Wednesday, August 10, 2016

Away from the madding crowd in northwestern Hong Kong (Photo-essay)

On one free weekday afternoon, I decided to go for a walk along the northeastern border of Tai Lam Country Park.  The trail which goes west from the PLA base at Shek Kong is mainly flat and when I had gone on it on two previous occasions, the section leading to Ho Pui village had seemed fairly popular.  So I figured there'd be little harm in going by myself on what would be more of a stroll than a serious hike in the area.  

As I walked for hours without seeing another human and got chilled by the unexpectedly loud sounds of the trees blowing in the wind though, I got to realizing that this part of Hong Kong is considerably less traversed on weekdays than weekends.  At the same time, it was interesting to find that quite a bit of what appeared on my circa 2012 Countryside Map of this part of the Big Lychee as cultivated farmland actually had buildings on them; with Pat Heung area villages such as Tai Wo and Cheung Po looking to have a significant amount of growth in recent years -- both in terms of new houses and residents...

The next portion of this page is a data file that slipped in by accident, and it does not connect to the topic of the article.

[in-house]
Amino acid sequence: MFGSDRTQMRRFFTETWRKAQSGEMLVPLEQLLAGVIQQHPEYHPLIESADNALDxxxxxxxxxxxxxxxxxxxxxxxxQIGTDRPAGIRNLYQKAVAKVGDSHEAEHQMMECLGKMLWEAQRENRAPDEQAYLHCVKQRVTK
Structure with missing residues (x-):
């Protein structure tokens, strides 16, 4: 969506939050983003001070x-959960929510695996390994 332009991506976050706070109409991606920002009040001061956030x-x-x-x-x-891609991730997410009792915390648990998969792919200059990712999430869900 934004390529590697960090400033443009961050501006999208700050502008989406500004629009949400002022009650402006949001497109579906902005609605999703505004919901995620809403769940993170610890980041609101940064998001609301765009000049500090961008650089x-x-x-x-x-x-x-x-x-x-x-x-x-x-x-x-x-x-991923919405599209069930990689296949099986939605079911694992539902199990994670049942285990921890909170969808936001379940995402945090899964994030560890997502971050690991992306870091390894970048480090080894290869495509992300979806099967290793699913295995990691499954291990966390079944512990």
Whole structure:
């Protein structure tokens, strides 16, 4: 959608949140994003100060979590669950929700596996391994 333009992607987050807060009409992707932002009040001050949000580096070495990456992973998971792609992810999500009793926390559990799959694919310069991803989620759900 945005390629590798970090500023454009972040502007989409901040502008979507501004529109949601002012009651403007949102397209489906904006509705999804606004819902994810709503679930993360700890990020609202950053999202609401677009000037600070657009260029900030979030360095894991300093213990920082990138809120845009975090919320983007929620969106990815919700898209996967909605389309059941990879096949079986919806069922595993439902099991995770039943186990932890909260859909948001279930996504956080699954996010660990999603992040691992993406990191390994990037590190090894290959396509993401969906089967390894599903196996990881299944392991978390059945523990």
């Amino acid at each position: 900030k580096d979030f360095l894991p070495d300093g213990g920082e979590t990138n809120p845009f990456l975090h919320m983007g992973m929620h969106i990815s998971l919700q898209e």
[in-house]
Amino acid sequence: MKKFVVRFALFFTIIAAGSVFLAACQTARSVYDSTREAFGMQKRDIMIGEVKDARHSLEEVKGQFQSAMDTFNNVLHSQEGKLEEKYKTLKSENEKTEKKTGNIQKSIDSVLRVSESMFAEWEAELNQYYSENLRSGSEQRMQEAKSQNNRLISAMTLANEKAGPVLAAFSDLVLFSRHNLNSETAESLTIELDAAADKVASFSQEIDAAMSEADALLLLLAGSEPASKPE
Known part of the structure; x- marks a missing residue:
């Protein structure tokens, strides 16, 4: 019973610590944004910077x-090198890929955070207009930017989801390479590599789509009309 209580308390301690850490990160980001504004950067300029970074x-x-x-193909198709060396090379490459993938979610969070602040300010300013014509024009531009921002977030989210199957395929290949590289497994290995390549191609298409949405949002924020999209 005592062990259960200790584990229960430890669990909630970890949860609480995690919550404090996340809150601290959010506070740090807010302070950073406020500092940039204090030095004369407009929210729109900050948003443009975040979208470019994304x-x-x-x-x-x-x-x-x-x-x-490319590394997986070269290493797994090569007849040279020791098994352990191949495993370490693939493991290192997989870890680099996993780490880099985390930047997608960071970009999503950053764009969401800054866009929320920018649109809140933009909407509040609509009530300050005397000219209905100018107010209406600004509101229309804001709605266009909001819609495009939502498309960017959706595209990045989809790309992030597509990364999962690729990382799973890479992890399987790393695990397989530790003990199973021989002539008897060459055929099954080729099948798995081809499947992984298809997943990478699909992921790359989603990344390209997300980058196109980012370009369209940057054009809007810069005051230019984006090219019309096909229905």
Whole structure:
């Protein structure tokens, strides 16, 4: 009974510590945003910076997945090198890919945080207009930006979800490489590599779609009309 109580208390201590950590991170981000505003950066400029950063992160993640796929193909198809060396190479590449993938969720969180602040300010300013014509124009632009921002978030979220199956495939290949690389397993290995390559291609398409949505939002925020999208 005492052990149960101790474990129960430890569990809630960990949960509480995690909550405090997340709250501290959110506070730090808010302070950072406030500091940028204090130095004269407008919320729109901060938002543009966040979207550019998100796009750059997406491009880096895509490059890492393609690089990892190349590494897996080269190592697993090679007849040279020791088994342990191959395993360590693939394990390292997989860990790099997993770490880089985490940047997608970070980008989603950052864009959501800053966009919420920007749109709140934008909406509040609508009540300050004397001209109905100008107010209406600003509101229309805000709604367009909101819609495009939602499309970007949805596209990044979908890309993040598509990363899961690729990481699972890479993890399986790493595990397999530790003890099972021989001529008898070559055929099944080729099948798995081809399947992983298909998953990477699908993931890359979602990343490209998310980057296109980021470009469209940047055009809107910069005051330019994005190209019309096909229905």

From this vantage point near Shek Kong, Kwun Yam Sham 
looks way more difficult to go up than is actually the case ;)

Despite the banner saying it's open daily, I discovered that 
the Farm Milk Cafe actually is opened on weekends these days ;(

So, okay, there would be no fresh milk or milk desserts along the way... 
but I could still enjoy viewing flowers and doing some critter spotting!  

And the views to be had of the surrounding countryside 
really aren't too shabby, even with haze in the equation ;)

 Shek Kong Airfield is among this part of Hong Kong's
more notable -- and noticeable -- landmarks

The route passes by two of Hong Kong's irrigation reservoirs

 English (still) is one of Hong Kong's official languages but it seems 
the assumption here is only people able to read Chinese 
would venture into the area where this sign has been erected... :S

 I'm embarassed to admit it -- but after all these years,
I'm still unsure what the plants in the above photo are called 
(Wild grass, rushes, sedges -- or something else altogether?)! ;(

No comments: